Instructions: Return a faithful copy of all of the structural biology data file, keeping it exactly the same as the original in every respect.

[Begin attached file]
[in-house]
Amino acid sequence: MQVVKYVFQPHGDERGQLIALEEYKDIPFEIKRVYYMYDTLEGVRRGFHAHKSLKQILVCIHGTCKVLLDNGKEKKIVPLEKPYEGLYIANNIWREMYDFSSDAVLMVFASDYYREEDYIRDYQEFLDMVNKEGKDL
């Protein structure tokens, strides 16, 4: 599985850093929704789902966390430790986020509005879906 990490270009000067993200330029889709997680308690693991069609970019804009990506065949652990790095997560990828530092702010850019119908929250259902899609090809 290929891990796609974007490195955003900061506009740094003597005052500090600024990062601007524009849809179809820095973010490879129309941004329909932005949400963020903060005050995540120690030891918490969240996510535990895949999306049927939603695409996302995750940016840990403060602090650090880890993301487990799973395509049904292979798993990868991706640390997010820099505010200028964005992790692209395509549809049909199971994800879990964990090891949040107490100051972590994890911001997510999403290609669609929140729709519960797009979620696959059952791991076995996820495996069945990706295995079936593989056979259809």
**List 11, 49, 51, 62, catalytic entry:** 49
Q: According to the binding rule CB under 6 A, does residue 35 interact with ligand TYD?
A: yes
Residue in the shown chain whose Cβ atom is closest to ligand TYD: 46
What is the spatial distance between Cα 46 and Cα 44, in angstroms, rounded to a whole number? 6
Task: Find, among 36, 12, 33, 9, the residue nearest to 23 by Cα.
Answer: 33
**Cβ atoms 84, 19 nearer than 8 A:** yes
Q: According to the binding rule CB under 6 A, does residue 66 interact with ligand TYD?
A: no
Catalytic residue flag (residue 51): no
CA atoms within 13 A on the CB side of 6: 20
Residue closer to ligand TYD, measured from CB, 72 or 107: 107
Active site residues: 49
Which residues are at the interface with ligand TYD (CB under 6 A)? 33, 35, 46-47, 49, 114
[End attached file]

[in-house]
Amino acid sequence: MQVVKYVFQPHGDERGQLIALEEYKDIPFEIKRVYYMYDTLEGVRRGFHAHKSLKQILVCIHGTCKVLLDNGKEKKIVPLEKPYEGLYIANNIWREMYDFSSDAVLMVFASDYYREEDYIRDYQEFLDMVNKEGKDL
């Protein structure tokens, strides 16, 4: 599985850093929704789902966390430790986020509005879906 990490270009000067993200330029889709997680308690693991069609970019804009990506065949652990790095997560990828530092702010850019119908929250259902899609090809 290929891990796609974007490195955003900061506009740094003597005052500090600024990062601007524009849809179809820095973010490879129309941004329909932005949400963020903060005050995540120690030891918490969240996510535990895949999306049927939603695409996302995750940016840990403060602090650090880890993301487990799973395509049904292979798993990868991706640390997010820099505010200028964005992790692209395509549809049909199971994800879990964990090891949040107490100051972590994890911001997510999403290609669609929140729709519960797009979620696959059952791991076995996820495996069945990706295995079936593989056979259809």
**List 11, 49, 51, 62, catalytic entry:** 49
Q: According to the binding rule CB under 6 A, does residue 35 interact with ligand TYD?
A: yes
Residue in the shown chain whose Cβ atom is closest to ligand TYD: 46
What is the spatial distance between Cα 46 and Cα 44, in angstroms, rounded to a whole number? 6
Task: Find, among 36, 12, 33, 9, the residue nearest to 23 by Cα.
Answer: 33
**Cβ atoms 84, 19 nearer than 8 A:** yes
Q: According to the binding rule CB under 6 A, does residue 66 interact with ligand TYD?
A: no
Catalytic residue flag (residue 51): no
CA atoms within 13 A on the CB side of 6: 20
Residue closer to ligand TYD, measured from CB, 72 or 107: 107
Active site residues: 49
Which residues are at the interface with ligand TYD (CB under 6 A)? 33, 35, 46-47, 49, 114